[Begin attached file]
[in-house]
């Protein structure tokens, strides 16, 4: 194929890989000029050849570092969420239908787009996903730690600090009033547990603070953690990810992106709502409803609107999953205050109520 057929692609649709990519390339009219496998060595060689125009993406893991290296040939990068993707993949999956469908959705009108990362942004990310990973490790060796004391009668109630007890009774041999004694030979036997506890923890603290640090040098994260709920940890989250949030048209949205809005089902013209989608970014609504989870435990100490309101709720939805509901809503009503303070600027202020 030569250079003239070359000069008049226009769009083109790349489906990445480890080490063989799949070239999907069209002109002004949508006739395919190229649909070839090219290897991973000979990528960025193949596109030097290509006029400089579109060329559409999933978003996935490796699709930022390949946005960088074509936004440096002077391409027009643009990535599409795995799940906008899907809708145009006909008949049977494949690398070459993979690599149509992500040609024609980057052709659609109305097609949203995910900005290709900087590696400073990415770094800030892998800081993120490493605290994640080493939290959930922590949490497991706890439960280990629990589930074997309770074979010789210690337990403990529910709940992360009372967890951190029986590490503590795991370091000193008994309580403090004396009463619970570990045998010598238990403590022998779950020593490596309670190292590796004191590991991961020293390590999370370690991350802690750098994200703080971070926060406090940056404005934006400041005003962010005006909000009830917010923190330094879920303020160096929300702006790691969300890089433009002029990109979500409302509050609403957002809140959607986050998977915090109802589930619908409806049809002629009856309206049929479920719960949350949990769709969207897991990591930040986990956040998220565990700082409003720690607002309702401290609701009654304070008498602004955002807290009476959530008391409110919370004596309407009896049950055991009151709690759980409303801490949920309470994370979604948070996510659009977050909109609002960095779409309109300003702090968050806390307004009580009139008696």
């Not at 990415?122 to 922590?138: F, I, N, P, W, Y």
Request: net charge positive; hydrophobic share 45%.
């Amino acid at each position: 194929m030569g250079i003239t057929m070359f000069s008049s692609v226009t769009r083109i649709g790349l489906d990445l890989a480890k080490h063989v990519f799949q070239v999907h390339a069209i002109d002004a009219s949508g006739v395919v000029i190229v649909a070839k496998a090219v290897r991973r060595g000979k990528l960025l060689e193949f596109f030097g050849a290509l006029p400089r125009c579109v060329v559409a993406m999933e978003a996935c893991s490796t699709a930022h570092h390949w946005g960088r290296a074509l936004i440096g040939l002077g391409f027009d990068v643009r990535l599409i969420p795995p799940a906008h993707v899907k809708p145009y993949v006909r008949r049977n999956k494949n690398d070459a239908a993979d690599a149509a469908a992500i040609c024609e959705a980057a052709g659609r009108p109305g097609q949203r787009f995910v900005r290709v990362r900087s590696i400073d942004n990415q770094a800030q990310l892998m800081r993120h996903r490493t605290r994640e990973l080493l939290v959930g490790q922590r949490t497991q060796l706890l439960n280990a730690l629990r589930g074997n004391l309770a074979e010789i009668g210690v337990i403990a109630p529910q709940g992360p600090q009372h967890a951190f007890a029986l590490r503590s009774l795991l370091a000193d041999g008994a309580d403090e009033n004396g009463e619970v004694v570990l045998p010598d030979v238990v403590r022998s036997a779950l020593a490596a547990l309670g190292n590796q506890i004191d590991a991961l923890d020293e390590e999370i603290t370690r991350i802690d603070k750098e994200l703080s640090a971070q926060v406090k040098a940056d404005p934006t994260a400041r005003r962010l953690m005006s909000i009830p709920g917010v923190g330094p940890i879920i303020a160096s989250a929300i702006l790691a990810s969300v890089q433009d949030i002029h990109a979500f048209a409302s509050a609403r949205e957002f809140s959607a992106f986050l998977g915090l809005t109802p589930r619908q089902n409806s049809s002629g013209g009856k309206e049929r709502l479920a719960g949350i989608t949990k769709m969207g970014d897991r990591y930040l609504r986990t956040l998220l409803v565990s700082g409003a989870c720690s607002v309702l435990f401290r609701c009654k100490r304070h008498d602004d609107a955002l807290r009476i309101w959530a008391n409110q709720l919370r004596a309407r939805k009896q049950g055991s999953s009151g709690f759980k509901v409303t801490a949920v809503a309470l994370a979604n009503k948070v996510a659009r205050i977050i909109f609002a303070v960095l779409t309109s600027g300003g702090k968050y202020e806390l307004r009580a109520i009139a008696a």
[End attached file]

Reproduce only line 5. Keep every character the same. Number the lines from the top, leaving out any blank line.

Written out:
């Amino acid at each position: 194929m030569g250079i003239t057929m070359f000069s008049s692609v226009t769009r083109i649709g790349l489906d990445l890989a480890k080490h063989v990519f799949q070239v999907h390339a069209i002109d002004a009219s949508g006739v395919v000029i190229v649909a070839k496998a090219v290897r991973r060595g000979k990528l960025l060689e193949f596109f030097g050849a290509l006029p400089r125009c579109v060329v559409a993406m999933e978003a996935c893991s490796t699709a930022h570092h390949w946005g960088r290296a074509l936004i440096g040939l002077g391409f027009d990068v643009r990535l599409i969420p795995p799940a906008h993707v899907k809708p145009y993949v006909r008949r049977n999956k494949n690398d070459a239908a993979d690599a149509a469908a992500i040609c024609e959705a980057a052709g659609r009108p109305g097609q949203r787009f995910v900005r290709v990362r900087s590696i400073d942004n990415q770094a800030q990310l892998m800081r993120h996903r490493t605290r994640e990973l080493l939290v959930g490790q922590r949490t497991q060796l706890l439960n280990a730690l629990r589930g074997n004391l309770a074979e010789i009668g210690v337990i403990a109630p529910q709940g992360p600090q009372h967890a951190f007890a029986l590490r503590s009774l795991l370091a000193d041999g008994a309580d403090e009033n004396g009463e619970v004694v570990l045998p010598d030979v238990v403590r022998s036997a779950l020593a490596a547990l309670g190292n590796q506890i004191d590991a991961l923890d020293e390590e999370i603290t370690r991350i802690d603070k750098e994200l703080s640090a971070q926060v406090k040098a940056d404005p934006t994260a400041r005003r962010l953690m005006s909000i009830p709920g917010v923190g330094p940890i879920i303020a160096s989250a929300i702006l790691a990810s969300v890089q433009d949030i002029h990109a979500f048209a409302s509050a609403r949205e957002f809140s959607a992106f986050l998977g915090l809005t109802p589930r619908q089902n409806s049809s002629g013209g009856k309206e049929r709502l479920a719960g949350i989608t949990k769709m969207g970014d897991r990591y930040l609504r986990t956040l998220l409803v565990s700082g409003a989870c720690s607002v309702l435990f401290r609701c009654k100490r304070h008498d602004d609107a955002l807290r009476i309101w959530a008391n409110q709720l919370r004596a309407r939805k009896q049950g055991s999953s009151g709690f759980k509901v409303t801490a949920v809503a309470l994370a979604n009503k948070v996510a659009r205050i977050i909109f609002a303070v960095l779409t309109s600027g300003g702090k968050y202020e806390l307004r009580a109520i009139a008696a």